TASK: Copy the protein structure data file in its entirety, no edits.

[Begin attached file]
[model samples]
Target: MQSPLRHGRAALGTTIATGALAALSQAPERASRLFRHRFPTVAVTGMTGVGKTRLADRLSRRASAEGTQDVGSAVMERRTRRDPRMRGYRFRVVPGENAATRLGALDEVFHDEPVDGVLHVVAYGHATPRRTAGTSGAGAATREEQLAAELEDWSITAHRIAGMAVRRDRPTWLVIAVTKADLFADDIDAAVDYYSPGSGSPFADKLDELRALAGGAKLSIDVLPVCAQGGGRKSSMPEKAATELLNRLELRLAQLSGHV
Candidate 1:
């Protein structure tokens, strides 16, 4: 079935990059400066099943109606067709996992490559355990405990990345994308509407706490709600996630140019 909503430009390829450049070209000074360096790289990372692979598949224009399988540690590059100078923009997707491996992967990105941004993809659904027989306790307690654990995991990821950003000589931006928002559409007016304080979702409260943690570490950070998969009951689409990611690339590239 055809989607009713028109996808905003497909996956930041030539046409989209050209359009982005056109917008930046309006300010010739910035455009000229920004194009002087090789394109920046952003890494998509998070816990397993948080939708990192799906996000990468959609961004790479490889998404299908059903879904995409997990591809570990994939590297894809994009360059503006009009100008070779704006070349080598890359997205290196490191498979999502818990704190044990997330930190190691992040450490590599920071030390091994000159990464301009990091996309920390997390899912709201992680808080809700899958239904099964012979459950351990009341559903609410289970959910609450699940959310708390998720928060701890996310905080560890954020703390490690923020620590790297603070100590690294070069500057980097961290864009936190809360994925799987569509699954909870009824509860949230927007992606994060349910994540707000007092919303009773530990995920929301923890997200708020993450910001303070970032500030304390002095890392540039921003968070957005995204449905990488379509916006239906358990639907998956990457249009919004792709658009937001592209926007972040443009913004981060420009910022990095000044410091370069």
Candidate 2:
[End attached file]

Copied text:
[model samples]
Target: MQSPLRHGRAALGTTIATGALAALSQAPERASRLFRHRFPTVAVTGMTGVGKTRLADRLSRRASAEGTQDVGSAVMERRTRRDPRMRGYRFRVVPGENAATRLGALDEVFHDEPVDGVLHVVAYGHATPRRTAGTSGAGAATREEQLAAELEDWSITAHRIAGMAVRRDRPTWLVIAVTKADLFADDIDAAVDYYSPGSGSPFADKLDELRALAGGAKLSIDVLPVCAQGGGRKSSMPEKAATELLNRLELRLAQLSGHV
Candidate 1:
């Protein structure tokens, strides 16, 4: 079935990059400066099943109606067709996992490559355990405990990345994308509407706490709600996630140019 909503430009390829450049070209000074360096790289990372692979598949224009399988540690590059100078923009997707491996992967990105941004993809659904027989306790307690654990995991990821950003000589931006928002559409007016304080979702409260943690570490950070998969009951689409990611690339590239 055809989607009713028109996808905003497909996956930041030539046409989209050209359009982005056109917008930046309006300010010739910035455009000229920004194009002087090789394109920046952003890494998509998070816990397993948080939708990192799906996000990468959609961004790479490889998404299908059903879904995409997990591809570990994939590297894809994009360059503006009009100008070779704006070349080598890359997205290196490191498979999502818990704190044990997330930190190691992040450490590599920071030390091994000159990464301009990091996309920390997390899912709201992680808080809700899958239904099964012979459950351990009341559903609410289970959910609450699940959310708390998720928060701890996310905080560890954020703390490690923020620590790297603070100590690294070069500057980097961290864009936190809360994925799987569509699954909870009824509860949230927007992606994060349910994540707000007092919303009773530990995920929301923890997200708020993450910001303070970032500030304390002095890392540039921003968070957005995204449905990488379509916006239906358990639907998956990457249009919004792709658009937001592209926007972040443009913004981060420009910022990095000044410091370069």
Candidate 2: